You should always bring bleeding after menopause to the attention of your physician to screen for potential medical issues. While it's not always a tangible sign of something serious, it's not something to ignore either.
The actual cessation of menstruation can take a long time - sometimes many years. Bleeding during menopause can be normal as the body works to regulate itself into a new normal. Bleeding after menopause is not considered normal and indicates bleeding after periods have stopped for at least one full year after the age of 45. Bleeding after menopause can be similar to a period in the sense that it can be light or heavy, with varying color shades and at times may even present in a clot.
Bleeding after menopause is not always an indication of something serious, but it is something that merits a trip to your physician since the cause of bleeding might be easily treatable.
Monthly cycles may become sporadic as a woman enters menopause, so it's not unusual for a woman to assume she's finished with her periods and into menopause after a few months have passed without a period. When the period returns, it can be jolting to a woman as she isn't expecting it, but it's always possible the return of monthly periods indicate that menopause has not yet occurred.
Harvard Medical School says "rogue ovulation" in post-menopausal women can happen even after it's been a year or more after periods stop. While Harvard declares these instances "harmless," it's still important to schedule a physician's visit when any bleeding after menopause happens.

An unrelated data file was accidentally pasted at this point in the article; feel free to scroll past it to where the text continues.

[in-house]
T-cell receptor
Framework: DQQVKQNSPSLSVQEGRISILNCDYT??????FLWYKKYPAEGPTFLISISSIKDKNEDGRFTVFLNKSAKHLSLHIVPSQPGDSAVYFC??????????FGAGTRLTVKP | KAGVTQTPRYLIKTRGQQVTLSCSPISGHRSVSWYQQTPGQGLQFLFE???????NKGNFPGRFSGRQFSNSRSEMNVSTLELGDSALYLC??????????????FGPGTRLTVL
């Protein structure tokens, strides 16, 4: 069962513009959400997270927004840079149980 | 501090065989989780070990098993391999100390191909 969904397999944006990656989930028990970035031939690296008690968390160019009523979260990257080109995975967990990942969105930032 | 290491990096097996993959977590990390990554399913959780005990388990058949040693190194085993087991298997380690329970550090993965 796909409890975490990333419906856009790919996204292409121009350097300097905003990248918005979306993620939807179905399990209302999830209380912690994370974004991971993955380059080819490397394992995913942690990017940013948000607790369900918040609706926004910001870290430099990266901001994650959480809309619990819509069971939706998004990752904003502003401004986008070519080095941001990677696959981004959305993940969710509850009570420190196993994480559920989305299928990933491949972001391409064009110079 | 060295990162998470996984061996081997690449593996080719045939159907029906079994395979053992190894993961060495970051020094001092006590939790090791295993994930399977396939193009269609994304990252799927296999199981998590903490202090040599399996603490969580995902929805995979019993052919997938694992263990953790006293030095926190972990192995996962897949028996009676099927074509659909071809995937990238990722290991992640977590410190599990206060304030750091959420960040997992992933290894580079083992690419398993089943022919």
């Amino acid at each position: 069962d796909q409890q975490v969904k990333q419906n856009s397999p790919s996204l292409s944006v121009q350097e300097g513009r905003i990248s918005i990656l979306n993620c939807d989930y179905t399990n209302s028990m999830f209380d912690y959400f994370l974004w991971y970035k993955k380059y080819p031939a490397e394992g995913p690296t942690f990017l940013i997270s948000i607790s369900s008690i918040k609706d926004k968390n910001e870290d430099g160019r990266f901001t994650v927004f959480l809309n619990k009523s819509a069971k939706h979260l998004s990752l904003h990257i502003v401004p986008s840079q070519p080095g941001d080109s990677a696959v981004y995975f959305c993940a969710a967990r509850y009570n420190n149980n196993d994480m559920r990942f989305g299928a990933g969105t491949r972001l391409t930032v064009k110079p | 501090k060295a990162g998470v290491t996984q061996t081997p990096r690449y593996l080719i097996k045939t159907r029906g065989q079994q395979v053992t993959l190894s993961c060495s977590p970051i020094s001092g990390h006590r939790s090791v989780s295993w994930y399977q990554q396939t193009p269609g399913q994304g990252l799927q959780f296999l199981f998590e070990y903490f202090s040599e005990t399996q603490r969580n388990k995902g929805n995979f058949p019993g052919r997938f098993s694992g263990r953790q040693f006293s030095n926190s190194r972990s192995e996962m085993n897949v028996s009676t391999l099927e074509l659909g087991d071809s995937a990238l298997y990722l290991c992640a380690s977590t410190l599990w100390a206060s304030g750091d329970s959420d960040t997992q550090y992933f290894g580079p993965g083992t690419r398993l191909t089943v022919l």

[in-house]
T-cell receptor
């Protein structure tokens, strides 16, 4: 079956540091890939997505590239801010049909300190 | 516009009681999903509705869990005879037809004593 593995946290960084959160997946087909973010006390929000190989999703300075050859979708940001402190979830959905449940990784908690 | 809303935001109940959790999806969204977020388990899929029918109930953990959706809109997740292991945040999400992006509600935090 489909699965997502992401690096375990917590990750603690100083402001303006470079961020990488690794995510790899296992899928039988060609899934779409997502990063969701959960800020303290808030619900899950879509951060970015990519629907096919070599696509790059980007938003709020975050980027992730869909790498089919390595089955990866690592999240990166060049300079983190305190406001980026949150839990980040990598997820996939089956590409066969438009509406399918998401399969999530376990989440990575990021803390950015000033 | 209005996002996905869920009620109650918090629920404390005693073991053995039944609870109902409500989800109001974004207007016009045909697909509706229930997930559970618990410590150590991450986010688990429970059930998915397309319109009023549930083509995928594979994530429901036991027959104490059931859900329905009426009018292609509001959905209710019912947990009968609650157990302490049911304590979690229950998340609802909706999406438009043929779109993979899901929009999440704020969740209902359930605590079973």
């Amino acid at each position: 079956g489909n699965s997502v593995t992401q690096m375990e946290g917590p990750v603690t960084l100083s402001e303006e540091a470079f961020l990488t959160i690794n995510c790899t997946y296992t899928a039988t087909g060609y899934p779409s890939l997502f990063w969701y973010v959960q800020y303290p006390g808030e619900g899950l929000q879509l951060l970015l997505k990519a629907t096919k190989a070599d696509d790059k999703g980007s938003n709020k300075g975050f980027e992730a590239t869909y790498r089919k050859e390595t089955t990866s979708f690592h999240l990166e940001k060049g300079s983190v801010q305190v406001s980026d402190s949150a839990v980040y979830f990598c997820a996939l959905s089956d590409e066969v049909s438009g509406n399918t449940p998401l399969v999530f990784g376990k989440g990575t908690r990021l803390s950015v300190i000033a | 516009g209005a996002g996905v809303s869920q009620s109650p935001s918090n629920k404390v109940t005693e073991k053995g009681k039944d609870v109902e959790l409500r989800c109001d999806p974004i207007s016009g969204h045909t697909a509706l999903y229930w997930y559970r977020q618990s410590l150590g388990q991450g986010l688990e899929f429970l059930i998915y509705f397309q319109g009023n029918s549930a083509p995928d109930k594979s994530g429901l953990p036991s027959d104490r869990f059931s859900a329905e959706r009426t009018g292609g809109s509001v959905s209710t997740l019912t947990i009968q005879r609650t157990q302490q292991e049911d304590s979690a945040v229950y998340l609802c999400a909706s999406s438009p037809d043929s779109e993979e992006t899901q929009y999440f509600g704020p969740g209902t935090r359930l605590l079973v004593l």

After menopause, lower estrogen levels can potentially result in the thinning of vaginal tissue. This thinning makes the vagina more apt to become dry, making the friction of intercourse cause irritation that can lead to bleeding; a doctor might suggest lubrication before sex to avoid this issue. This thinning can also cause bleeding without intercourse as the lining of the uterus becomes thinner from lack of estrogen and bleeds as a result.
Hormone Replacement Therapy (HRT)
Hormone replacement therapy can prompt bleeding as the body adjusts to the new balances of hormones. Bleeding may be light or might rival your periods pre-menopause.
Sexually Transmitted Diseases (STDs)
Sexually transmitted diseases that had gone undiagnosed for years may be the culprit when it comes to bleeding after menopause, particularly if it occurs after intercourse says WebMD. In this instance, treatment of the STDs may stop the instances of bleeding.
Other, less common conditions may be responsible, as well.
Fibroids in the uterus are one cause of bleeding after menopause. Fibroids can generate the thickening of uterine walls associated with menstruation. These benign growths can slough off and cause spotting or bleeding. Your doctor may recommend birth control pills or surgery to treat the fibroids.
Cancer of the Uterus
Though bleeding after menopause can be a sign of cancer, a cancer diagnosis is not the most common reason for bleeding post-menopause. Cancer of the uterus attacks the lining of the uterus or endometrium. The cause of uterine cancer is an imbalance of the hormones estrogen and progesterone within a woman's body. The endometrium thickens as a result. Treatment for uterine cancer can involve surgery, chemotherapy, radiation, hormone replacement therapy, or a combination of these.
The Ever-Changing Body
Menopause can already be a confusing time for women, so when bleeding starts it can be alarming. Visit a doctor, who will diagnose and treat the cause, whatever that may be.